Newspaper article The Christian Science Monitor

The Composer of `Postman' Talks Melody

Newspaper article The Christian Science Monitor

The Composer of `Postman' Talks Melody

Article excerpt

FOR a number of music lovers, it's hard to get excited about 20th-century opera. One reason is dissonance: Most people are trained to hear chords progress in a certain orderly way, and dislike being jangled in their seats when a chord fails to resolve.

Stephen Paulus is a product of 20th-century music theory, but he also understands an audience's desire for melody. And he has written a number of pleasing ones in "The Postman Always Rings Twice." The soft-spoken composer from Minnesota says he's never given up on melody, "but it's not the melody you get out of a Tchaikovsky Fifth or a Beethoven Eroica - those long arching romantic melodies. Modern melodies are more truncated, the listener may be expecting a bigger deal. We don't write that way because it's been done.... But there still is a yearning on the part of people to hear melodies, and in `Postman' there are several spots with romantic melodies, but in my own harmonic language."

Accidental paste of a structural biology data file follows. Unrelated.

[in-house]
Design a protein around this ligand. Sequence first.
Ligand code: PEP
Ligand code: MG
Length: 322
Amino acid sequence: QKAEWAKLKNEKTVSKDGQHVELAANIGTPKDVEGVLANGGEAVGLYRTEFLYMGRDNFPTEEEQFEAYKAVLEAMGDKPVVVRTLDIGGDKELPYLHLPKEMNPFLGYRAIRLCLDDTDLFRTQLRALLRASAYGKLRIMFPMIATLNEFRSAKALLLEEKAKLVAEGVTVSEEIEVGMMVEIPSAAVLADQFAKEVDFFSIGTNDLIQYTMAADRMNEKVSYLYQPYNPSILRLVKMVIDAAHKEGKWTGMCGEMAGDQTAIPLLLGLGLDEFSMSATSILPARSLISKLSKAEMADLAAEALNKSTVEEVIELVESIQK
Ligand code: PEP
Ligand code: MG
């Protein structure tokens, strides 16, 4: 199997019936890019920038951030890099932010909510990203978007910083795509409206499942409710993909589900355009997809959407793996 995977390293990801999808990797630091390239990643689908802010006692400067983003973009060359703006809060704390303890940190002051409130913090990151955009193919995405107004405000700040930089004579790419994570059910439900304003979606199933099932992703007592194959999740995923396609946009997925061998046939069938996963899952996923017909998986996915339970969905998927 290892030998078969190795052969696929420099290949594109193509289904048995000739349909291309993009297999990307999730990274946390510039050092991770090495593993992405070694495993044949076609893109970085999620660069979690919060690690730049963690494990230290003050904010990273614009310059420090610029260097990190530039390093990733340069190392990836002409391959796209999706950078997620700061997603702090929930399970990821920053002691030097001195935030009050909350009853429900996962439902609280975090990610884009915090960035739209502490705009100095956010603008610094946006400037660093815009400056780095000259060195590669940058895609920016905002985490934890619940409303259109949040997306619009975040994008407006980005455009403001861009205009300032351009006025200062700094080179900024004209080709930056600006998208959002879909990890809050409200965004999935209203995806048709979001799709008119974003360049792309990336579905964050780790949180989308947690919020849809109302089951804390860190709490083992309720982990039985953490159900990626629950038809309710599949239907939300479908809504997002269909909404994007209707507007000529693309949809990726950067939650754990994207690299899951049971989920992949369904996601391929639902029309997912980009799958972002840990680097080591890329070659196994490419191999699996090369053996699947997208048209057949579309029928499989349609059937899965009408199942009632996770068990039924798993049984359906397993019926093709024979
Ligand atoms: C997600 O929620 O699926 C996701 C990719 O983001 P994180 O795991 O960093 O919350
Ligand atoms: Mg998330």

Mr. Paulus reaches into his other works for an example. He continues, "I wrote a violin concerto in which, in the final part, the violin meanders around in the stratosphere and finally ends up on a high B natural, while the orchestra has held a quiet B-flat chord. If this were 1890 that would be unconscionable: The B should resolve down to the B flat, and you'd have a nice complete chord. …

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